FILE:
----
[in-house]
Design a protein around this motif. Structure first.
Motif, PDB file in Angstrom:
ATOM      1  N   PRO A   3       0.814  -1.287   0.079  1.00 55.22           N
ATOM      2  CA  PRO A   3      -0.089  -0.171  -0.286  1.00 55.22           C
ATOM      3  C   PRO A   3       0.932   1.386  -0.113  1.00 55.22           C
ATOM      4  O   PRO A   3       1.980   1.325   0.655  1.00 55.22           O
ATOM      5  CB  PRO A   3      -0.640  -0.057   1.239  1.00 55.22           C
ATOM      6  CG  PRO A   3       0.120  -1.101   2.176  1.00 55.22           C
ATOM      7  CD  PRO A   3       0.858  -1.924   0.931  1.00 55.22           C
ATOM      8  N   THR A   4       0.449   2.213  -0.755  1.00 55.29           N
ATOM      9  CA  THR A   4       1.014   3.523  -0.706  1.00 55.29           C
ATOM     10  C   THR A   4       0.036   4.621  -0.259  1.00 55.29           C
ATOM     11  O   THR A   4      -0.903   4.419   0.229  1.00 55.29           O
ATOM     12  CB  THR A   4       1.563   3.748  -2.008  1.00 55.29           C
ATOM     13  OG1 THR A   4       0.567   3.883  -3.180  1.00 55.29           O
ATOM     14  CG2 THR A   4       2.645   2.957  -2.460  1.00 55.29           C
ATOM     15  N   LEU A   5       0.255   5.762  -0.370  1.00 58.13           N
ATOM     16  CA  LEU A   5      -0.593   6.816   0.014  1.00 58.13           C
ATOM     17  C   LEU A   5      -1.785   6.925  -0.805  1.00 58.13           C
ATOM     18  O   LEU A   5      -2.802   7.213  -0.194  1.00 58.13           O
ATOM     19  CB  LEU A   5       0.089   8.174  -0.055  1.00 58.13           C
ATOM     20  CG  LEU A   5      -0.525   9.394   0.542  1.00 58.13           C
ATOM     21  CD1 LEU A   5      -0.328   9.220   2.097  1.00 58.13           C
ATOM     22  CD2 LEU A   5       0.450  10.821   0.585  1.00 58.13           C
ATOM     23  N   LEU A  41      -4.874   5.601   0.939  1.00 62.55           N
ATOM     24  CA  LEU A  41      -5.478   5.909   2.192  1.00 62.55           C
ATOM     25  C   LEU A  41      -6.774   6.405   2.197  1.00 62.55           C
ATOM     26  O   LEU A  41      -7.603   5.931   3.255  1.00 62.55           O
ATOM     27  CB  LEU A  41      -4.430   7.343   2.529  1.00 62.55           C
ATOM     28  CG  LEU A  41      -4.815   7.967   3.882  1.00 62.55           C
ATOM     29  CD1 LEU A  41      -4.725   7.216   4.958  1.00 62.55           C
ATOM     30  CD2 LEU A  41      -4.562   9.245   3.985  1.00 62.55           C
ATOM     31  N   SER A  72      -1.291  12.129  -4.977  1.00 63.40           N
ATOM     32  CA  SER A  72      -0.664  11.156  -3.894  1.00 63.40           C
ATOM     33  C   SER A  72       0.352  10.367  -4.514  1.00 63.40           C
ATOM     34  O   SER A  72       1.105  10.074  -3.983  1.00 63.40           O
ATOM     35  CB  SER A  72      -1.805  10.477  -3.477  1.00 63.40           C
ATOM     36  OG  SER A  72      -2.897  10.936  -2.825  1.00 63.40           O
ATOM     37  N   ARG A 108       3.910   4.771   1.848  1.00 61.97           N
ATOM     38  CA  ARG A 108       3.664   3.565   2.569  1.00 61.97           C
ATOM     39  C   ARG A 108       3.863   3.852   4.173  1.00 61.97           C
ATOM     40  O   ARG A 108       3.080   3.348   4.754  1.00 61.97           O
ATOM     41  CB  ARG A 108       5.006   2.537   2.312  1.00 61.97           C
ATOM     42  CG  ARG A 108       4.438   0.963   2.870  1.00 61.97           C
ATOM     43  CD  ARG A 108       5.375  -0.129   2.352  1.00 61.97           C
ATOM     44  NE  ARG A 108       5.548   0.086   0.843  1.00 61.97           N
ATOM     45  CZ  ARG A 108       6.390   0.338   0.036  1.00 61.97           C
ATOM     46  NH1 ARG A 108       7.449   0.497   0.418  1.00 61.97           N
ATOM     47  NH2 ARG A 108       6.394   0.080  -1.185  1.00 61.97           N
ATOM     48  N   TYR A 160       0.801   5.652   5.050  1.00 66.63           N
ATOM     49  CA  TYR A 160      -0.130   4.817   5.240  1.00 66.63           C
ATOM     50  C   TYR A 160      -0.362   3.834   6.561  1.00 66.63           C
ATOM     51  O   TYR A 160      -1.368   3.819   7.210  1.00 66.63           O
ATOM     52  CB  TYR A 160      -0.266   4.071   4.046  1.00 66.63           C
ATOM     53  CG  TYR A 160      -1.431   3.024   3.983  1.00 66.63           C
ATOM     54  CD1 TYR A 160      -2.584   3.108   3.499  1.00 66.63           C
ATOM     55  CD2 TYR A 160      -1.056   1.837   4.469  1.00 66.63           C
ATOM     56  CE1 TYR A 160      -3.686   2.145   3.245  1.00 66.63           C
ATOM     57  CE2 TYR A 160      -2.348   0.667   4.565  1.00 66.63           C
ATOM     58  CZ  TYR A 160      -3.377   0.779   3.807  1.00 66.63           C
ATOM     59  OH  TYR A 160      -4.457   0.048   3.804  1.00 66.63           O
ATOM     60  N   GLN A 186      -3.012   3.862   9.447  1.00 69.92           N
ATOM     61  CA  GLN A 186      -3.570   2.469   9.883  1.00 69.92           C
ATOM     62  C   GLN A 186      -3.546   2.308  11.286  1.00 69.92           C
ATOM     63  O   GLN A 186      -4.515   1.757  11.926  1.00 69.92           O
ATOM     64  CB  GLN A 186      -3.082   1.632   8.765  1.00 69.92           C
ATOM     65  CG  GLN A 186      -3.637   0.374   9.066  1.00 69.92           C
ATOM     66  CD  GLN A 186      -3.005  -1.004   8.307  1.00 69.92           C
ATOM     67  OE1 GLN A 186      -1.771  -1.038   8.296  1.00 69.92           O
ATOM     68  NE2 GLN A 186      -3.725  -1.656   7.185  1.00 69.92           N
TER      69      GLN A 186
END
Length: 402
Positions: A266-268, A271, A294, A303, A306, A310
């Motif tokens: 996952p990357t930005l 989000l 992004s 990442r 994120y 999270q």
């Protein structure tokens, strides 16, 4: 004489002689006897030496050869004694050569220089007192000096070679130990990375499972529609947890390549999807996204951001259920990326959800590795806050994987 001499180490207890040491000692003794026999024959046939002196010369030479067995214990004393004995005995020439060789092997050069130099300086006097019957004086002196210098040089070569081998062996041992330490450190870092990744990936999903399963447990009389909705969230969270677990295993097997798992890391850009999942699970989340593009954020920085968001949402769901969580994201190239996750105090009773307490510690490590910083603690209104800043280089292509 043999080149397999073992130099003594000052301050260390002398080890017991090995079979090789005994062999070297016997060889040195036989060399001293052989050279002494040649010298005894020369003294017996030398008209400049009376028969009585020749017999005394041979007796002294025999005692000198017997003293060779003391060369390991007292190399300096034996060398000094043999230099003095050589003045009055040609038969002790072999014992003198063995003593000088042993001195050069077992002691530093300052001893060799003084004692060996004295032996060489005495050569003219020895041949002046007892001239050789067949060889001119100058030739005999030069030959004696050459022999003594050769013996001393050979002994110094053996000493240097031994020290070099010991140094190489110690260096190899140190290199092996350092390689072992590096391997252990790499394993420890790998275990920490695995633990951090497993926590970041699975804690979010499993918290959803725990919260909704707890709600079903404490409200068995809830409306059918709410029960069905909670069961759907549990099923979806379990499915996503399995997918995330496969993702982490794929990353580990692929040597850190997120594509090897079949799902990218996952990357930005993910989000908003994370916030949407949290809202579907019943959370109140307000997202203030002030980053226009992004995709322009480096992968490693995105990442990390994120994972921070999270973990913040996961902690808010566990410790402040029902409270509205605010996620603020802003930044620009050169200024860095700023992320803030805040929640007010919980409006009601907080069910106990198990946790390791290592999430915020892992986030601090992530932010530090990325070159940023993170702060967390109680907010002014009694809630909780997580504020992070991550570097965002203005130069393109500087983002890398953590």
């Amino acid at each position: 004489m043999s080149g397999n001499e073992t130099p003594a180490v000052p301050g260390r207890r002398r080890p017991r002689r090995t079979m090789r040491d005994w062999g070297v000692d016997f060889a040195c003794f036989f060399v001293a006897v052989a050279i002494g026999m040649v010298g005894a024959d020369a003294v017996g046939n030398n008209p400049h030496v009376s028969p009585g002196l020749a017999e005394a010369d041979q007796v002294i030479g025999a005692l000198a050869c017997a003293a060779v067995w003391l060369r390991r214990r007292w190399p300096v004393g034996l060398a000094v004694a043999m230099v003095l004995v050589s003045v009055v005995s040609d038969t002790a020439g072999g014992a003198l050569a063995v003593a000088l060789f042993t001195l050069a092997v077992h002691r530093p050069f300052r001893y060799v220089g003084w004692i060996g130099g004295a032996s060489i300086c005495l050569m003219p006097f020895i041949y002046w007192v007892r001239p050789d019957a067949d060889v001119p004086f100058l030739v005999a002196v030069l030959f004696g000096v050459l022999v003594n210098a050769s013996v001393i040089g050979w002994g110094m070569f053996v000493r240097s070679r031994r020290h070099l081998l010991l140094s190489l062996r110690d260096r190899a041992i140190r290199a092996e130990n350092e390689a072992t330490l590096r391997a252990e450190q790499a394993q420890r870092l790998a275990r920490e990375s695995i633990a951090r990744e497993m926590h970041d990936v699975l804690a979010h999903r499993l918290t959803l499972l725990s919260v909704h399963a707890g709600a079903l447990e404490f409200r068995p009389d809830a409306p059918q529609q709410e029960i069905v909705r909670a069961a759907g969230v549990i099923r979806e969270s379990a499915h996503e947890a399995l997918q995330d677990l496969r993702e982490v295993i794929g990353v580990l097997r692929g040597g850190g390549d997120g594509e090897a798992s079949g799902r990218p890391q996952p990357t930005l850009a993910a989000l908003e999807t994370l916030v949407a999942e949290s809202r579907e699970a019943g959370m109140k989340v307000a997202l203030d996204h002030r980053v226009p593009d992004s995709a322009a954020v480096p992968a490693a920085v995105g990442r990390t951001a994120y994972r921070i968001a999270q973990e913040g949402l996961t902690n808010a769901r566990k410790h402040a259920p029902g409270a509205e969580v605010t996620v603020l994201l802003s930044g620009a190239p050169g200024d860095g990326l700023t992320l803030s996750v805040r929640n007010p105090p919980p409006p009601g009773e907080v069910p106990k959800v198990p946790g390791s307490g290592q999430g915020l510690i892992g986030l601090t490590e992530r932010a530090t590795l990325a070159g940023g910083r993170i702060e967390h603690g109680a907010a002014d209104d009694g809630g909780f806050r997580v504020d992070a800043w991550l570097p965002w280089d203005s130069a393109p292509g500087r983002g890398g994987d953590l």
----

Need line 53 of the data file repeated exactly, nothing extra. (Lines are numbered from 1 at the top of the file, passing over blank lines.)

ATOM     50  C   TYR A 160      -0.362   3.834   6.561  1.00 66.63           C